A military metaverse like a “multiplayer video game” that trains soldiers using augmented reality and artificial intelligence.

A former F-22 pilot told Fox News that a video game-like training simulator for Air Force pilots would give them a huge advantage in real combat.

Military Metaverse is a virtual space where soldiers train with their comrades using artificial intelligence and augmented reality, which overlays digital content into the real world, said former US Air Force pilot Don Robinson. His company, Red 6, makes augmented reality training technology and can simulate combat during campaigns on the digital displays that pilots see when they fly their planes.

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A friendly fighter jet is seen through a Red 6 augmented reality helmet. (red 6)

“Think of it as a massively multiplayer video game played over a few days,” Robinson said. “This now allows us to do some campaign-level training, exercising national command authority from tactical operators on the ground or in the air to across the government.”

“That’s what we think about metamorphosis,” he continued. A stable, continuous and simultaneous environment in which we can go by train.”

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Digital training for soldiers, including video games, has been part of military training for years. In a 1994 US Government Accountability Office report, computer simulations “increase the effectiveness and efficiency of joint military training” and added that they “can save time and money”.

According to a 2019 RAND analysis, the cost of training fighter pilots ranges from nearly $6 million to more than $10 million. Additionally, the Air Force spends more than $33,000 per hour to fly the F-22, $28,000 for the F-35, and $8,000 per flight. F-16, based on Ministry of Defense data.

An augmented reality fighter jet.

Robinson said the military Metaverse enables pilots to repeatedly train against relevant targets. (red 6)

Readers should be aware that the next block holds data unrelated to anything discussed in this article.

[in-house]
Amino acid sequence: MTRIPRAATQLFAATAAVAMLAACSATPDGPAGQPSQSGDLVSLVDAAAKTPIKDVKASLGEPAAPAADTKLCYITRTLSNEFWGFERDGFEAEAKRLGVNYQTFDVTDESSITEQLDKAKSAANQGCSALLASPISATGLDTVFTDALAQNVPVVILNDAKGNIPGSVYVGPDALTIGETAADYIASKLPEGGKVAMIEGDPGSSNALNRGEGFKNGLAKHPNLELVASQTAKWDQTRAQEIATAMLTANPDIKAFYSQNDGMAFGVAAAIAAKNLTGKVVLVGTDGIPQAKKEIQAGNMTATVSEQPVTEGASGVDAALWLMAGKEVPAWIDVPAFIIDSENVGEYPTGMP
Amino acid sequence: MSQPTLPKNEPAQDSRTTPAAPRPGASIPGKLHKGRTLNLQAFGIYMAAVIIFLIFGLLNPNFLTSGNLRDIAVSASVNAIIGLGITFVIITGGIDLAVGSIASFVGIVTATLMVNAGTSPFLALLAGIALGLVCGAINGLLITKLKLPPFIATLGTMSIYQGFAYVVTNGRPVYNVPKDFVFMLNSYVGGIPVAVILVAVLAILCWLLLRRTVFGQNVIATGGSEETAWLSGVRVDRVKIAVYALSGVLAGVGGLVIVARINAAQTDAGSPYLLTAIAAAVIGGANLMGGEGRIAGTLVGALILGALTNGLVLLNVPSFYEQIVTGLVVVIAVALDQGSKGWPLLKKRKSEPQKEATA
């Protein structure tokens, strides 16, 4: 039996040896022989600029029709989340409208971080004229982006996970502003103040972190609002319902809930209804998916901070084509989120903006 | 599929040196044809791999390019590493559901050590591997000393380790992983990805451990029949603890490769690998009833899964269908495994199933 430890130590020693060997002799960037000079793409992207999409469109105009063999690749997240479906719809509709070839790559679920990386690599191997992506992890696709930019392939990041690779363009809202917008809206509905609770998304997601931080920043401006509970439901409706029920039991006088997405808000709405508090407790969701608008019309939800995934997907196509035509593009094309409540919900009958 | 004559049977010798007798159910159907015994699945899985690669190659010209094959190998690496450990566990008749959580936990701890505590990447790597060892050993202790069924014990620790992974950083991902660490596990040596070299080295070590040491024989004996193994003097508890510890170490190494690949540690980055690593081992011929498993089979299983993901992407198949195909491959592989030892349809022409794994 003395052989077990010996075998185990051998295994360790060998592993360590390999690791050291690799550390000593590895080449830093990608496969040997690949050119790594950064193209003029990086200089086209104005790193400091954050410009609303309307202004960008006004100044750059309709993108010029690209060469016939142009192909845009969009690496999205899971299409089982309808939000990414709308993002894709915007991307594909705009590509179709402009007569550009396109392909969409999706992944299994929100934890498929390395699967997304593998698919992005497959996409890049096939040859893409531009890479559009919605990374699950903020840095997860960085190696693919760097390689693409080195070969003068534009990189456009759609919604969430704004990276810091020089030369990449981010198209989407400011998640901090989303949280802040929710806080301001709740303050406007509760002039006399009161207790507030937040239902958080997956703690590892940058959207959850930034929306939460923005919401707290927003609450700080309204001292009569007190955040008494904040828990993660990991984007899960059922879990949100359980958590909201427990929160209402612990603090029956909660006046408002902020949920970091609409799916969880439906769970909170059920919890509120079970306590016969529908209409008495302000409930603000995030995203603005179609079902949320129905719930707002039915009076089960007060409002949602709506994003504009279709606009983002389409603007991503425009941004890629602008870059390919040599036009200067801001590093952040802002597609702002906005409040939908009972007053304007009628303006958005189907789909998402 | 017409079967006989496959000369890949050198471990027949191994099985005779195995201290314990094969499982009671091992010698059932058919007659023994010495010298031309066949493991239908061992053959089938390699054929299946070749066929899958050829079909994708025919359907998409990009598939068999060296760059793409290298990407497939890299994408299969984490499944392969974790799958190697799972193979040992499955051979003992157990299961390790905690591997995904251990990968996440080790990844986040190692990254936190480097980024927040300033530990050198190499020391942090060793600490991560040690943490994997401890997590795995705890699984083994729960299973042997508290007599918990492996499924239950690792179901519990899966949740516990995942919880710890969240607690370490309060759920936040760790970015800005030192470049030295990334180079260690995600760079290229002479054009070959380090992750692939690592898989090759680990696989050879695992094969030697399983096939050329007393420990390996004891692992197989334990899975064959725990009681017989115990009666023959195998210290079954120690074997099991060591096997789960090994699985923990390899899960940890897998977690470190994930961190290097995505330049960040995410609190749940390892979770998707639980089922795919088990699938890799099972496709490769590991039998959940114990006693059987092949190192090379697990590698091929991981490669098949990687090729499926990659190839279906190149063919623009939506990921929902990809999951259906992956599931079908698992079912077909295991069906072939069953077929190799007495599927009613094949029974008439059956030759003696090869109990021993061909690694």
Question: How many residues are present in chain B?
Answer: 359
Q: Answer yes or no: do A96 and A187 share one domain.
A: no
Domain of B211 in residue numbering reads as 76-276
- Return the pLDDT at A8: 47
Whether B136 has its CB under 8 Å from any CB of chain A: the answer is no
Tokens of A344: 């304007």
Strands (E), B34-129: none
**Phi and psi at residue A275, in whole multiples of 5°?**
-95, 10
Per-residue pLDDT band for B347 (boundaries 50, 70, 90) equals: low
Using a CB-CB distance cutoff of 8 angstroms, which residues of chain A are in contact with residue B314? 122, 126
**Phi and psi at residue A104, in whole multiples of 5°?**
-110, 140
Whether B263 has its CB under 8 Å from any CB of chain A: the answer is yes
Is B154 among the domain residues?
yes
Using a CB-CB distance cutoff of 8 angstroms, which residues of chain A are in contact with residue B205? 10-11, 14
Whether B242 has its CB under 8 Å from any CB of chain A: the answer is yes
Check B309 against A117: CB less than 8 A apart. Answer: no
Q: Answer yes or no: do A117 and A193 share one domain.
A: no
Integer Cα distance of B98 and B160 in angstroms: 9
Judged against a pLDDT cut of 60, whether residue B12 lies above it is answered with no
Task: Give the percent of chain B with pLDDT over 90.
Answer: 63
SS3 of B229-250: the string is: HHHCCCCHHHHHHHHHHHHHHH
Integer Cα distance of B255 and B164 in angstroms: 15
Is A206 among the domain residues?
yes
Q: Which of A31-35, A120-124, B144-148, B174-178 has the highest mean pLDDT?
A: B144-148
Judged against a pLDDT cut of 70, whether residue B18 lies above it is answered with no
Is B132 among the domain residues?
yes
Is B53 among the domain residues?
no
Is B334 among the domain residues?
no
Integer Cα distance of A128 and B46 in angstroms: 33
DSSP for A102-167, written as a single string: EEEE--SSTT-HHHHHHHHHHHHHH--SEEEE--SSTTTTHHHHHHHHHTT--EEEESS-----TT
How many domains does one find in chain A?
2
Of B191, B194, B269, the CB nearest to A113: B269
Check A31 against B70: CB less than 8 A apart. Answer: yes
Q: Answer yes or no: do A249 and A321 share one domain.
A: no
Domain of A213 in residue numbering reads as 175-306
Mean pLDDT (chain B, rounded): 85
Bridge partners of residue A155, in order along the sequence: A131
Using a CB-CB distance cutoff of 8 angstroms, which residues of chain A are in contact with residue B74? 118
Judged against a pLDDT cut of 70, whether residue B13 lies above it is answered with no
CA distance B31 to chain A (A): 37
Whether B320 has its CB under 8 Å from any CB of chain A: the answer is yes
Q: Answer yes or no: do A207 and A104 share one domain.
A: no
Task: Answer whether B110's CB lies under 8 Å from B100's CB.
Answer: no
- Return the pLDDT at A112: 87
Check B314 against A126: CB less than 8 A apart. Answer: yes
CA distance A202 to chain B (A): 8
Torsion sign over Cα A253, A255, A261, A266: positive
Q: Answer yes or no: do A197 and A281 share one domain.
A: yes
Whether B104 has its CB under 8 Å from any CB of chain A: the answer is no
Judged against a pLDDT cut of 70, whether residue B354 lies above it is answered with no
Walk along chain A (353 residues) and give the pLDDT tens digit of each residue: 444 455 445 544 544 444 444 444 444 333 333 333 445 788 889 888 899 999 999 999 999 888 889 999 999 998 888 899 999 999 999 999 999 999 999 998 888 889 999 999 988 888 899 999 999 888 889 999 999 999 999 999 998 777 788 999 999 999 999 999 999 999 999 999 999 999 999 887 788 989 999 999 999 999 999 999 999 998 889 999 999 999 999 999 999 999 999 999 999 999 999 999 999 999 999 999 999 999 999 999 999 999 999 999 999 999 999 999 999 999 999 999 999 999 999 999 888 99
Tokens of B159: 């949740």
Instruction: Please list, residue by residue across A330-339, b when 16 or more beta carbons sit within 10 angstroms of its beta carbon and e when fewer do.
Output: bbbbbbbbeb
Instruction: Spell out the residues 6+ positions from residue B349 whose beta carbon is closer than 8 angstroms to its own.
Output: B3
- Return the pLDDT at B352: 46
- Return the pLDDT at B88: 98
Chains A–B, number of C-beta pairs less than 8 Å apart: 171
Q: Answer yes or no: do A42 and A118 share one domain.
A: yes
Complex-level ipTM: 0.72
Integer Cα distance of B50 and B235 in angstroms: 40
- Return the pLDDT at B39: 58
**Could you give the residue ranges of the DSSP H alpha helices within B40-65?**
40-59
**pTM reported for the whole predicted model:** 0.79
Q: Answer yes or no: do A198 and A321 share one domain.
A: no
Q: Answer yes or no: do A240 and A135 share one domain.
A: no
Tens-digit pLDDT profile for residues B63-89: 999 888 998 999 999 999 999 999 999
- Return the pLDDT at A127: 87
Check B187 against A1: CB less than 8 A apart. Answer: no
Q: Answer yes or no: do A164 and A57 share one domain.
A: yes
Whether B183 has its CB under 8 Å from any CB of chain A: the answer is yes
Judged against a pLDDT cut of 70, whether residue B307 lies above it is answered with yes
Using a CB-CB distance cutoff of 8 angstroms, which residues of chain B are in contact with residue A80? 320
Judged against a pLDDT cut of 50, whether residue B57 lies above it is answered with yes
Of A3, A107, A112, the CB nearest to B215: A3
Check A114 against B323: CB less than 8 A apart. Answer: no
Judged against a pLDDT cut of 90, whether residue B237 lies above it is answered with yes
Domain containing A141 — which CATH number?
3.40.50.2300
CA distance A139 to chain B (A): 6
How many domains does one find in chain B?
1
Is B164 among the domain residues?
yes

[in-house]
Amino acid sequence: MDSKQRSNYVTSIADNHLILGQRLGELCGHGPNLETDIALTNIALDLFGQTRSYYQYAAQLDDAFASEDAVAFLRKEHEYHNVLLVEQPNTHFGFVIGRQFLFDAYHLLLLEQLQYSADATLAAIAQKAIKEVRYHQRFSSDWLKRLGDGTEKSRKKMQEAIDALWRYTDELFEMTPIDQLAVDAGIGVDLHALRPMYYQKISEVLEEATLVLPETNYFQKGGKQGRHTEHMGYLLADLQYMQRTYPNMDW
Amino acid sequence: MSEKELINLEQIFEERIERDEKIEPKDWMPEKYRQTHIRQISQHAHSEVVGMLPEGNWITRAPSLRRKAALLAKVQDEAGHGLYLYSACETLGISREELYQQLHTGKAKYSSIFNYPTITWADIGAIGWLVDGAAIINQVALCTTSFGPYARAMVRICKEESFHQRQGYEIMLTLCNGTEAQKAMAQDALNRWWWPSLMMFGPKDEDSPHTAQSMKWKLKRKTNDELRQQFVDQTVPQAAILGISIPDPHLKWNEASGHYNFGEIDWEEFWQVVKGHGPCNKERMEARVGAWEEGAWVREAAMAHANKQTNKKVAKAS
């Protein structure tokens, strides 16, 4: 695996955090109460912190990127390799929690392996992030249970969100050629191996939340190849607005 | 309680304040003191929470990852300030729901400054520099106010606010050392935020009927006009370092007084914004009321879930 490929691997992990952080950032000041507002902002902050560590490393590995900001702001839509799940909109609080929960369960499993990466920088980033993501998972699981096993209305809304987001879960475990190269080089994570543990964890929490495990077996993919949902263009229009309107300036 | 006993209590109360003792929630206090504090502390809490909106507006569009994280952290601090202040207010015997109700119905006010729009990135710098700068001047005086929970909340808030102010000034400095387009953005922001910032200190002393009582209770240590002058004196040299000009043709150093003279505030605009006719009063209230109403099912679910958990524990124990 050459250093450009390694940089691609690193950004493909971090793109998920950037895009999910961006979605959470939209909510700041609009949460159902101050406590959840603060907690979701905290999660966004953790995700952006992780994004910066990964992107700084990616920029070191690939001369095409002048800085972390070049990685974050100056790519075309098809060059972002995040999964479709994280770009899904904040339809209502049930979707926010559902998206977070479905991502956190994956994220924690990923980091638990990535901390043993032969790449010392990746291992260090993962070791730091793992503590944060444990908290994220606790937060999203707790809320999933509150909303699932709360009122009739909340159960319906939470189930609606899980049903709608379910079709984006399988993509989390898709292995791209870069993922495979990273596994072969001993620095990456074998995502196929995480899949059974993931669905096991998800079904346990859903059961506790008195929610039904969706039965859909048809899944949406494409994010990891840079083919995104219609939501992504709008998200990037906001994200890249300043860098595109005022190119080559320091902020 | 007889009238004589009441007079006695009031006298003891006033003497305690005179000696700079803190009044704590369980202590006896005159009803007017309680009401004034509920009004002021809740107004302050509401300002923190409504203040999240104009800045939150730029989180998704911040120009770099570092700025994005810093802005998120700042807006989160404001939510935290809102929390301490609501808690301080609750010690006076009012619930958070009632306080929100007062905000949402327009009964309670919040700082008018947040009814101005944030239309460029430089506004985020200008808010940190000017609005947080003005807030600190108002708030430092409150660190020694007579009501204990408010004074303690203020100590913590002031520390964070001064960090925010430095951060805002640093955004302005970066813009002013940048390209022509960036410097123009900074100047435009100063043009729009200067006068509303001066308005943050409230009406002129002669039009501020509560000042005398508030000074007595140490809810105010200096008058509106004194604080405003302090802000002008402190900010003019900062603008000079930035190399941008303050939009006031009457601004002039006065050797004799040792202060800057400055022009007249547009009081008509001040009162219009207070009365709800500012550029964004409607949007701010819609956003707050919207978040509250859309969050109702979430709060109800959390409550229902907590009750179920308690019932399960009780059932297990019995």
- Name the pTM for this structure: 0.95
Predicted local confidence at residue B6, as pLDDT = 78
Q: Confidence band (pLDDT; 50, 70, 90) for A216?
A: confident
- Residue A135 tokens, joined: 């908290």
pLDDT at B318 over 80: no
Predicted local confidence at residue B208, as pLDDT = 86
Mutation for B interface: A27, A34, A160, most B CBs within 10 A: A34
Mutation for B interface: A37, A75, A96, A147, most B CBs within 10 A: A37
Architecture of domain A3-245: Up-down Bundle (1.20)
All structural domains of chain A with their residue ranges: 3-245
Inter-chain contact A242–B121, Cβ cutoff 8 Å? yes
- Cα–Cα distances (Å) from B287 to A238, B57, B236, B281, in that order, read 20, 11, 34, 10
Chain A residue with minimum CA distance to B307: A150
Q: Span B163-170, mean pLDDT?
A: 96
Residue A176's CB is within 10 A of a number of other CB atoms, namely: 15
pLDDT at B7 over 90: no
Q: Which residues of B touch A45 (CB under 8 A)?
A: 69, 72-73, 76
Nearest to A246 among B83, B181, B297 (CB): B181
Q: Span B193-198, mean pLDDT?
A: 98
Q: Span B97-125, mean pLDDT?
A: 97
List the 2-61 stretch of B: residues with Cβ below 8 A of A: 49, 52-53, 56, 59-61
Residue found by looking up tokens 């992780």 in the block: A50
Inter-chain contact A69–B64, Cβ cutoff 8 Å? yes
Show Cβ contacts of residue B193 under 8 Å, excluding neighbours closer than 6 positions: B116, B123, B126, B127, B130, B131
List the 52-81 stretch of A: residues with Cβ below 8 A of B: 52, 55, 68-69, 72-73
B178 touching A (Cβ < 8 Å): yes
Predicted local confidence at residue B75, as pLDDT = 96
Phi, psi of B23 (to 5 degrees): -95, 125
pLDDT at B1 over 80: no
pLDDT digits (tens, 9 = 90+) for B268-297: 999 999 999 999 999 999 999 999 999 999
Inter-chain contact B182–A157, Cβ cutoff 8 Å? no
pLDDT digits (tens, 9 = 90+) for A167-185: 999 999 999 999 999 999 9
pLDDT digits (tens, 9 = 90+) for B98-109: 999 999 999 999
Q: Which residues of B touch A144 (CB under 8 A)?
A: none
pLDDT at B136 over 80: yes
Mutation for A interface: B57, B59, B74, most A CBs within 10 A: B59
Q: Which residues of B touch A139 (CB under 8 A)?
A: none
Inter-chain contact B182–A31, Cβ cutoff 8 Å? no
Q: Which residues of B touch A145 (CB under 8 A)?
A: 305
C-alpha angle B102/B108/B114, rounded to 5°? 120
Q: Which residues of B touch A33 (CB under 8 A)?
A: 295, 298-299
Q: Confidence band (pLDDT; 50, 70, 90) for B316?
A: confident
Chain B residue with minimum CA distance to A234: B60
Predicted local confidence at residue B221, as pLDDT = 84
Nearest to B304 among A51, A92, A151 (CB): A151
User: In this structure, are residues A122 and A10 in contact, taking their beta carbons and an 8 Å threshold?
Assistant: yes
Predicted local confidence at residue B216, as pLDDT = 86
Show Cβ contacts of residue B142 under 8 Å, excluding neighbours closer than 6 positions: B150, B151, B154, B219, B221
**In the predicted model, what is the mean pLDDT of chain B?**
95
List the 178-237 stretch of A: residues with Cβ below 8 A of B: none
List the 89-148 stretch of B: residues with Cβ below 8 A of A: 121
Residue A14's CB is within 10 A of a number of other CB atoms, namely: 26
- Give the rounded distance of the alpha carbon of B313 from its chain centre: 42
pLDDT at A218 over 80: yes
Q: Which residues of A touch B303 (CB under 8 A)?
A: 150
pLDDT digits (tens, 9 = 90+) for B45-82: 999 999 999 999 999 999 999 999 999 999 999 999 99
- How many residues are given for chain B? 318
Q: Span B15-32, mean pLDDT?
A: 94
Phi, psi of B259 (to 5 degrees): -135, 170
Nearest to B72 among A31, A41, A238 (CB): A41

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Augmented reality simulations help pilots quickly learn the consequences of their military actions, Robinson said.

“You go and fly a mission on day one, you make an impact,” the former Air Force pilot told Fox News. “The enemy is, quote-unquote, adapting. And now you’re doing mission two.”

“Traditionally, the way fighter pilots train, we go up, fly, train, go down, land, brief the mission, and the next day we go on another mission,” Robinson said. ”

According to Air & Space Forces magazine, the Air Force has experienced delays in getting pilots through training this year, with more than 900 airmen waiting to enter training. Meanwhile, Air Force officials know that video games and digital simulations provide effective training for pilots, and recently partnered with a nonprofit national security company to host electronic competitions at military installations.

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“I envision a future where all warfighters in all domains are connected in a common synthetic outdoor training environment,” Robinson told Fox News. “Finally, we define the military transporter as an extension of that.”

“This presents an opportunity for a really interesting paradigm shift in education,” he added.

Click here to watch the full interview with Robinson.

Ramiro Vargas contributed to the accompanying video.

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